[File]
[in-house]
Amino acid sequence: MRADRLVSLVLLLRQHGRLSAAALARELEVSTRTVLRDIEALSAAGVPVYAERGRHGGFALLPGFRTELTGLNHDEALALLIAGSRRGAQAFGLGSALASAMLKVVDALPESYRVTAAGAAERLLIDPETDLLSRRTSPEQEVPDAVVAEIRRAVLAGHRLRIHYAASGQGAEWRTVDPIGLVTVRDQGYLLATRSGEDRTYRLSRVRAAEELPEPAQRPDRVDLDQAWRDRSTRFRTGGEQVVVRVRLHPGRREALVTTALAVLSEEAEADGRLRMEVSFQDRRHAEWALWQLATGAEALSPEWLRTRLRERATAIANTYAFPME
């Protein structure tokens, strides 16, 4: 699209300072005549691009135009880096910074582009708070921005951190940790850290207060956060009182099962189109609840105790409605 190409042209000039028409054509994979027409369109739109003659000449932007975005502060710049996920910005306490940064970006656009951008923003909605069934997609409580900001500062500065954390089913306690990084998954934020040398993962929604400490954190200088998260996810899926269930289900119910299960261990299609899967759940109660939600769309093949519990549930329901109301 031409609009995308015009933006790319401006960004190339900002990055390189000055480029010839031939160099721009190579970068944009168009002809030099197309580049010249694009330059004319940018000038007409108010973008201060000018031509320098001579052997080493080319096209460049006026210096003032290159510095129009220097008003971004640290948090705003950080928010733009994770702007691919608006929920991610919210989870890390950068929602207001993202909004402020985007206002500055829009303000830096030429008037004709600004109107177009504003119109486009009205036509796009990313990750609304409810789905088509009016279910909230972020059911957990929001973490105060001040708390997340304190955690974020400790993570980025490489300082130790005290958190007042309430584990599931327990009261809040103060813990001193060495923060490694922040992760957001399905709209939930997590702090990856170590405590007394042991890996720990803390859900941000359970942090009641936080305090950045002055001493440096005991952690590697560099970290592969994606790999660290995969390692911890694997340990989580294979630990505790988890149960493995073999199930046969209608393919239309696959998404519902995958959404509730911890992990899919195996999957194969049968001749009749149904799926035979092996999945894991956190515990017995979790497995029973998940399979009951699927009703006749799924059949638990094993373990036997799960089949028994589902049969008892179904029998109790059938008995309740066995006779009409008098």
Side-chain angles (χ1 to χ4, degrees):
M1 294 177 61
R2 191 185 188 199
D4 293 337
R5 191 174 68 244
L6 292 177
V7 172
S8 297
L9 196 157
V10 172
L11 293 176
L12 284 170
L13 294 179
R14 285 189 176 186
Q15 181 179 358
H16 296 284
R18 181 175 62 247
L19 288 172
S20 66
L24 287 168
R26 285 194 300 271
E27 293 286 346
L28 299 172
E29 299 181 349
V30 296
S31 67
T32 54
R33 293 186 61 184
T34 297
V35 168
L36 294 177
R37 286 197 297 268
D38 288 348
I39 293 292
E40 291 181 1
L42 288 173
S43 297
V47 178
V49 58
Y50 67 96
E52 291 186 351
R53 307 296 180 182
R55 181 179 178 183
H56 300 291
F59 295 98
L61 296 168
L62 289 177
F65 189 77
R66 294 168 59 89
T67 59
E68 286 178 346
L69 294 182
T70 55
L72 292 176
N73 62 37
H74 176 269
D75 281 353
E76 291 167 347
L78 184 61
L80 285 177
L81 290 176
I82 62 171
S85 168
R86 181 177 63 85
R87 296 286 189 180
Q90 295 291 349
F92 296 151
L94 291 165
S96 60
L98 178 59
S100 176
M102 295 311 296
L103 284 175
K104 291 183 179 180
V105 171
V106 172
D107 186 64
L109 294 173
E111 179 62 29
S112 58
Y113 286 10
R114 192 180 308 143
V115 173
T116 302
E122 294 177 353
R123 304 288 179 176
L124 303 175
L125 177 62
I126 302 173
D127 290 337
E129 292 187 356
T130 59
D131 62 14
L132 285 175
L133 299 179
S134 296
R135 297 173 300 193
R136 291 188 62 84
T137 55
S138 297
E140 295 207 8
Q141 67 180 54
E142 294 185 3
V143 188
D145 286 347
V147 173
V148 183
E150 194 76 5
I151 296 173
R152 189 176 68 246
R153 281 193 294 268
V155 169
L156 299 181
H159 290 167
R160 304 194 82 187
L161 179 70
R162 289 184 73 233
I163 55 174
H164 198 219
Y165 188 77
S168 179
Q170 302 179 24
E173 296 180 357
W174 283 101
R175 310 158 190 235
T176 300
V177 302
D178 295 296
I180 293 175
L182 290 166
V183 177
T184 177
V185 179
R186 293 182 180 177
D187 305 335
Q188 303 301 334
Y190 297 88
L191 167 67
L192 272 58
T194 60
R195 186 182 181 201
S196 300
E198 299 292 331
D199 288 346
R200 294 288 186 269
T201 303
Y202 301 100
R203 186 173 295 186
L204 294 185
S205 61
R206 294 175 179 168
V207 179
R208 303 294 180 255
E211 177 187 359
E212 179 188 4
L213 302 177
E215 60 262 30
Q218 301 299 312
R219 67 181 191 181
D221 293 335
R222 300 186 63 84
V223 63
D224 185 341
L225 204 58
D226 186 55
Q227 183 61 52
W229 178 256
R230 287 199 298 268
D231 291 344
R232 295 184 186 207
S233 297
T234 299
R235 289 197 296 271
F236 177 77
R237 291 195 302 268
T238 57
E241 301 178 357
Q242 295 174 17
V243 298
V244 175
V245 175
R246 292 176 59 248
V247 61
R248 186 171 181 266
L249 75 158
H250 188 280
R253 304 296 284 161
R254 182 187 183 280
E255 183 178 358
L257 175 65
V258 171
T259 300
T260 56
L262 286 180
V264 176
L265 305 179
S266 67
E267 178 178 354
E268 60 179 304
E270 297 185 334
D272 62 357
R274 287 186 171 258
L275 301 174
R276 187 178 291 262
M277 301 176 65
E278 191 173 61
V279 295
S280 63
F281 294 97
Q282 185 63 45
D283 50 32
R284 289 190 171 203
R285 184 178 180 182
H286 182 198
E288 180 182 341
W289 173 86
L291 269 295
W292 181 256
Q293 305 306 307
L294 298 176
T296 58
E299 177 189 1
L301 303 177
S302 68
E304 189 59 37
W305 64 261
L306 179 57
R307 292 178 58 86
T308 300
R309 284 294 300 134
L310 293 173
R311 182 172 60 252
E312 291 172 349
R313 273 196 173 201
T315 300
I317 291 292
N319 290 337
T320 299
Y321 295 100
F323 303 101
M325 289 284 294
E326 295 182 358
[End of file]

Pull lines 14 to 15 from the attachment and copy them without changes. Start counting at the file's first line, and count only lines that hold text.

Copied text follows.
L11 293 176
L12 284 170